Florida Law Review Forum

Teaching and Learning Personal Jurisdiction After The Stealth Revolution

Deborah J. Challener

Abstract Response to Michael H. Hoffheimer, The Stealth Revolution in Personal Jurisdiction In The Stealth Revolution in Personal Jurisdiction, Professor Michael Hoffheimer uses Bristol-Myers Squibb Co. v. Superior Court (BMS), the U.S. Supreme Court’s latest personal jurisdiction decision, as a vehicle to critically examine the Court’s recent narrowing of both general and specific personal jurisdiction. […]

Neither the Problem Nor the Solution Lies Solely with the Judiciary: Response to Robertson’s Judicial Impartiality in a Partisan Era

Melanie Kalmanson

Abstract Response to Cassandra Burke Robertson, Judicial Impartiality in a Partisan Era In Judicial Impartiality in a Partisan Era (“Professor Robertson’s Article”), Cassandra Burke Robertson focuses on the danger the judiciary faces as a result of “growing partisan polarization.” She should be applauded for bringing this problem to the forefront. Unquestionably, politically motivated attacks against the […]

Monumental Disagreements: A Call to Move Away From “Sign Here” Scholarship

John Murdock

Abstract Response to Richard H. Seamon, Dismantling Monuments Invited to respond to Dismantling Monuments, Professor Richard Seamon’s exploration of the legal controversies surrounding President Trump’s decision to dramatically reduce the size of two national monuments in Utah, I initially feared that I would have little to say. “Amen” adds little from a scholarly standpoint, and […]

Will Capitalism Kill Compassion?—An Analysis of the Future of Corporate Liability Under the Alien Tort Statute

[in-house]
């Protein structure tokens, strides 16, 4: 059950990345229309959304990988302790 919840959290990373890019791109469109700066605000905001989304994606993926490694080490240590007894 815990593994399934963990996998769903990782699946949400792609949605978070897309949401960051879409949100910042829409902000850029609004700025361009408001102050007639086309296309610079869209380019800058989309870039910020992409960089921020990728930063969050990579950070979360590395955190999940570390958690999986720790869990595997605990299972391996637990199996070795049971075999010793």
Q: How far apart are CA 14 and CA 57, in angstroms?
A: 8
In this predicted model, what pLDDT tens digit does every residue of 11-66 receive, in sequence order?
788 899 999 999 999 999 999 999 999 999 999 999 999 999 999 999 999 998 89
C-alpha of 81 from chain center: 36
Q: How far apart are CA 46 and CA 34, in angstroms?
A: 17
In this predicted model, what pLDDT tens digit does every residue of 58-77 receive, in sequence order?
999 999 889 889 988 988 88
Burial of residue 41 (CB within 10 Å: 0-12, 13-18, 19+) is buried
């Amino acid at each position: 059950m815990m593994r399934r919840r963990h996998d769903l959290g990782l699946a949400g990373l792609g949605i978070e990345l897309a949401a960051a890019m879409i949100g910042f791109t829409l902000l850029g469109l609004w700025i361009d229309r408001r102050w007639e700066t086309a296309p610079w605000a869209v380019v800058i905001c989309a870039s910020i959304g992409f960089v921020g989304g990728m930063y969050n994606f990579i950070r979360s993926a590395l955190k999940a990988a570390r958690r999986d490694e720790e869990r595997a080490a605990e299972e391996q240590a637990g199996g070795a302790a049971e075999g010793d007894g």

Dina H. Arouri

Abstract This Note proposes that the Court erred in the recent decision, Jesner v. Arab Bank, PLC, when it failed to adopt a standard that remained faithful to Congress’s intent at the inception of the Alien Tort Statute (ATS): to remedy human rights violations while remaining relevant to the global economy. In Jesner, the Court […]

Who Will Speak For The Slender Man?: Dialogism and Dilemmas in Character Copyright

Elizabeth L. Rosenblatt

Abstract Response to Cathay Y. N. Smith, Beware the Slender Man: Intellectual Property and Internet Folklore Someone, at some time, invented Santa Claus. They did not invent him from whole cloth, of course. They drew on folklore and religious icons, and then got creative. Someone decided he lived in the North Pole; someone else decided he […]

The Not-So-Stealthy Revolution in Personal Jurisdiction

Judy M. Cornett

Abstract Response to Michael H. Hoffheimer, The Stealth Revolution in Personal Jurisdiction With elegant style and in devastating detail, Professor Michael Hoffheimer has analyzed the slow death spiral of personal jurisdiction under the Roberts Court. He accurately identifies one source of the frustration scholars and lower courts have felt in trying to make sense of the Roberts […]